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Prototyping wear resistant gears with igus 3D printing service

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Start-ups often find it economically challenging to deal with the time and costs involved in the production of prototypes. The high-tech company Easelink from Graz, Austria, therefore, relies on the 3D printing service from motion plastics specialist igus. Components such as gears can be configured online, printed cost-effectively and delivered quickly; the gears are made from wear-resistant and friction-optimised high-performance plastics, which can be ordered directly from Treotham .

Easelink is an innovative start-up that’s focussed on improving the existing charging infrastructure available for electric vehicles. Easelink’s 'Matrix Charging' is a vehicle charging system consisting of a charging pad connected to the mains, which is installed in the car park. A connector on the bottom of the e-car drops down when parked over the pad and the charging process starts automatically without the driver having to connect a cable; this is similar to inductive charging, but with up to ten times the charging power and with 99 percent efficiency.

During the development process, the designers created a production-ready component through several prototypes. To ensure cost and time didn’t get out of control during the prototyping phase, Easelink used the 3D printing service from igus to make the gears for the connector prototype.

The igus 3D printing service includes an online configurator that enables engineers to design a gear in seconds. The designer only needs to select the gear module, and set the number of teeth and the torque transmission, following which the configurator creates a 3D model of the gear. Hundreds of variants of single and double gears can be created without using CAD software.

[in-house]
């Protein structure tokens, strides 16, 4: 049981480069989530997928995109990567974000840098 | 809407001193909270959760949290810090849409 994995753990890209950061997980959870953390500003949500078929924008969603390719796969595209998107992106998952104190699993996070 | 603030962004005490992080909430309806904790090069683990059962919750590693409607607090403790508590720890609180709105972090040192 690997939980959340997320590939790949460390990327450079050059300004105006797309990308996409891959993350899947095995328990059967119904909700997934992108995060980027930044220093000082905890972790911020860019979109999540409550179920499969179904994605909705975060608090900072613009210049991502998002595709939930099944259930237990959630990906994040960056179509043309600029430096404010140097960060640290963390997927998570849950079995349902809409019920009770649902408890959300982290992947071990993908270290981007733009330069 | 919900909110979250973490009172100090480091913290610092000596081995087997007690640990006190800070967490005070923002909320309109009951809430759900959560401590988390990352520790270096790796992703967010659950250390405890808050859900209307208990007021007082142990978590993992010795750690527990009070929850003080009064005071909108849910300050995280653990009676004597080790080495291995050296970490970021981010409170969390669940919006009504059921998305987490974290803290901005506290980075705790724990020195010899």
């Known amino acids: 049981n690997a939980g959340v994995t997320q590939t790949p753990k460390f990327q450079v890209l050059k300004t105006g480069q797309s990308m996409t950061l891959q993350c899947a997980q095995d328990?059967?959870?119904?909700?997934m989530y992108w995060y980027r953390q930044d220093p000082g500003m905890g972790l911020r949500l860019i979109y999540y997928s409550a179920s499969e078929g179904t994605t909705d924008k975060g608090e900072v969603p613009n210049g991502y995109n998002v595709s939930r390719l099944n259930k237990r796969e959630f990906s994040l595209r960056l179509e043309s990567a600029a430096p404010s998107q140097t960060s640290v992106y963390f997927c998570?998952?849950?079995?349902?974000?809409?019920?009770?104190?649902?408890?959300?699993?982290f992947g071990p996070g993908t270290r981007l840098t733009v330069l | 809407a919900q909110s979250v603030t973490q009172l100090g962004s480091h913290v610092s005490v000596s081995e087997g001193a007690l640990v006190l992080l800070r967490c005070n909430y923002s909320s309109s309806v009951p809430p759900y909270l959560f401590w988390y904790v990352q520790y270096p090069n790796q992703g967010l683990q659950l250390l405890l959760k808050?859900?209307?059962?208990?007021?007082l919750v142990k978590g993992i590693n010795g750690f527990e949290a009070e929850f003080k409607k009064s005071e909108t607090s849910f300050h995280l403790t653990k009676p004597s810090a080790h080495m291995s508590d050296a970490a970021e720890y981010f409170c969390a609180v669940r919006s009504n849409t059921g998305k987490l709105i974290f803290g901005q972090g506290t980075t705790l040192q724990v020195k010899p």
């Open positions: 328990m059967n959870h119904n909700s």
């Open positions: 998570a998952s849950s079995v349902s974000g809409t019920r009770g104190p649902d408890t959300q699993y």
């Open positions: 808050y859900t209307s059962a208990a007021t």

The gears are printed on industrial selective laser sintering (SLS) machines and are usually ready to ship within just 24 hours.

Observing that high flexibility and fast delivery times are crucial in prototype construction, Easelink founder Hermann Stockinger says igus’ online configurator allows them to quickly select and print gears in many variations.

The components are printed by igus using their iglidur I6 as the printing material. The high-performance plastic withstands ambient temperatures of -40 to +80 degrees Celsius, is pressure-resistant up to 44 MPa and has high wear resistance. igus engineers have proven in laboratory tests that it is significantly more robust than the classic plastic polyoxymethylene (POM). Here, gears were operated at 12 revolutions per minute (RPM) and loaded with 5 Nm torque. The result: The 3D-printed gear made of iglidur I6 was still fully functional after a million cycles, and the wear hardly measurable unlike a machined gear made from POM, which wore out after 321,000 cycles and broke down after 621,000 cycles.

For more information, please visit the Treotham Automation website www.treotham.com.au or call 1300 65 75 64.

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